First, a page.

The commodities giant had previously stuck to the 2.8 share ratio, but increased it this morning to win support for the merger from Xstrata shareholders. It also wants Ivan Glasenberg to lead the new firm, rather than Xstrata boss Mick Davis as previously agreed.
The increased share ratio now values the merger at $37bn (£23.2bn).
Xstrata and Glencore shareholder Standard Life Investments was supportive of the deal. David Cumming, head of equities at the asset manager, welcomed the new deal as well as proposed changes to governance.
He added: "The deal will, we believe, enhance the growth prospects of the combined group and consequently, as shareholders both of Xstrata and Glencore, we are pleased with the proposed outcome."
But this afternoon, the independent directors of Xstrata issued a statement to Glencore with concerns over the 3.05 share ratio and the premium.
It also questioned putting Glasenberg in charge, adding that scrapping retention plans for Xstrata staff represented "significant risk". "It represents a fundamental change to the governance structure which underpinned the agreed merger of equals," said Xstrata.
The merger meeting, in Zug, Switzerland, between commodity giants Glencore and Xstrata was meant to take place this morning, but was adjourned due to developments overnight.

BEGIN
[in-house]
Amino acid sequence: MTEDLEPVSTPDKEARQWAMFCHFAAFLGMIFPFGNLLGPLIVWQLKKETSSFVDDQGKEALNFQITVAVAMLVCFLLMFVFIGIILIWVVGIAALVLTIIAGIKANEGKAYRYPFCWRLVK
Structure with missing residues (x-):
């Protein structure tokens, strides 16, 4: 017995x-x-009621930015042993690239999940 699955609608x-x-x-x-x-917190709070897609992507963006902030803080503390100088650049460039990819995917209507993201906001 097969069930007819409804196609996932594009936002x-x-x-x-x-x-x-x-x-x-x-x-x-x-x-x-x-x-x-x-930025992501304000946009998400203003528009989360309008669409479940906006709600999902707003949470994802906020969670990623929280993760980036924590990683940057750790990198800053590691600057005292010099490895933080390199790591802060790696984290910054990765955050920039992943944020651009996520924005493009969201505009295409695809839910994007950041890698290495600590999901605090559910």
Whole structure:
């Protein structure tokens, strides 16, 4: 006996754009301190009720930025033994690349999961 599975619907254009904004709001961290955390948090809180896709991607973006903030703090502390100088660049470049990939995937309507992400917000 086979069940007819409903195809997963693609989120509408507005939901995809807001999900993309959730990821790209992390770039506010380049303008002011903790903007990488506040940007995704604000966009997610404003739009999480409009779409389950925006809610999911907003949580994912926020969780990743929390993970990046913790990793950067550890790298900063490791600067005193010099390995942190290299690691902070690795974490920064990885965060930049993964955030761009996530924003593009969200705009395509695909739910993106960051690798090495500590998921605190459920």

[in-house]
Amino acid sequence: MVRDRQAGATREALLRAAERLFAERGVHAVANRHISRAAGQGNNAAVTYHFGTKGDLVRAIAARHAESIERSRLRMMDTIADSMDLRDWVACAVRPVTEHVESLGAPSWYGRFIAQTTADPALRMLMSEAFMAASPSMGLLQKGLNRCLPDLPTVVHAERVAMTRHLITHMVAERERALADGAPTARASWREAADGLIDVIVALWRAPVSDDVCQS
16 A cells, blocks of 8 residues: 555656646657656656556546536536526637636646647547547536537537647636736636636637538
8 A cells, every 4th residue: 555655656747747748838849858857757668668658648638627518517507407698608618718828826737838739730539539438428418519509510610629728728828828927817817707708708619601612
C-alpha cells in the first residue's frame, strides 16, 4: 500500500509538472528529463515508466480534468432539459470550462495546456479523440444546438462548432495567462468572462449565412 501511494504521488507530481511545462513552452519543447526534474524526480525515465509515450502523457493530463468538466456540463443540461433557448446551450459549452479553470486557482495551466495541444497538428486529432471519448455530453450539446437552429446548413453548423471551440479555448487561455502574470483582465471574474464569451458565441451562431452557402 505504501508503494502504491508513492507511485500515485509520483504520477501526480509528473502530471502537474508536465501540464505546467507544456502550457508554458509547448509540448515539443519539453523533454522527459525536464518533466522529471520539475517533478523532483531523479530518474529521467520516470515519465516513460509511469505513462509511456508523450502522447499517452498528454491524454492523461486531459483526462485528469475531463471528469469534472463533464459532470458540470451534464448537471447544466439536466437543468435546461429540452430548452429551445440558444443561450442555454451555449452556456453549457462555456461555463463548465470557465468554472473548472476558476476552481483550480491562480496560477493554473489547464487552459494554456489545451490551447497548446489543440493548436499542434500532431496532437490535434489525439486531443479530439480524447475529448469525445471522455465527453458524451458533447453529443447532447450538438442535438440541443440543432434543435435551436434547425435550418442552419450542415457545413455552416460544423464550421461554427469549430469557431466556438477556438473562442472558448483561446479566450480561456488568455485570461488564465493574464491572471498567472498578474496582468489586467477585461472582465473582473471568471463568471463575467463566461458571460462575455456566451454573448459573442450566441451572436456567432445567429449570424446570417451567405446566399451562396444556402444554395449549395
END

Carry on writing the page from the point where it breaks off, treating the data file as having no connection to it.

The mega-merger has been under continued strain over recent weeks.
The increased share ratio comes after Xstrata shareholder Qatar Holding, which owns 12 per cent of the firm, rebuked the 2.8 ratio and said it would snub the deal if Glencore didn’t come forward with better terms.
It wants 3.25 new Glencore shares for each Xstrata share for shareholders.
Glencore this morning requested its shares be suspended on the London and Hong Kong stock exchanges, although they were still trading following the announcement. Glencore closed down 3.92 per cent down today at 376.95p.
Charles Gibson, head of mining for Edison Investment Research, said: "Should the deal go ahead via a higher offer, it would be a vindication of Xstrata shareholder concern about long term fundamentals being fairly valued, while for Glencore the pressure will be on to prove that the higher price was justified.
"In the meantime, it remains to be seen whether Xstrata shareholders will have the patience to back some of the Xstrata board at a new enlarged Glenstrata."
In a research note yesterday, broker Liberum Capital gave the deal only a 30 per cent chance of going through.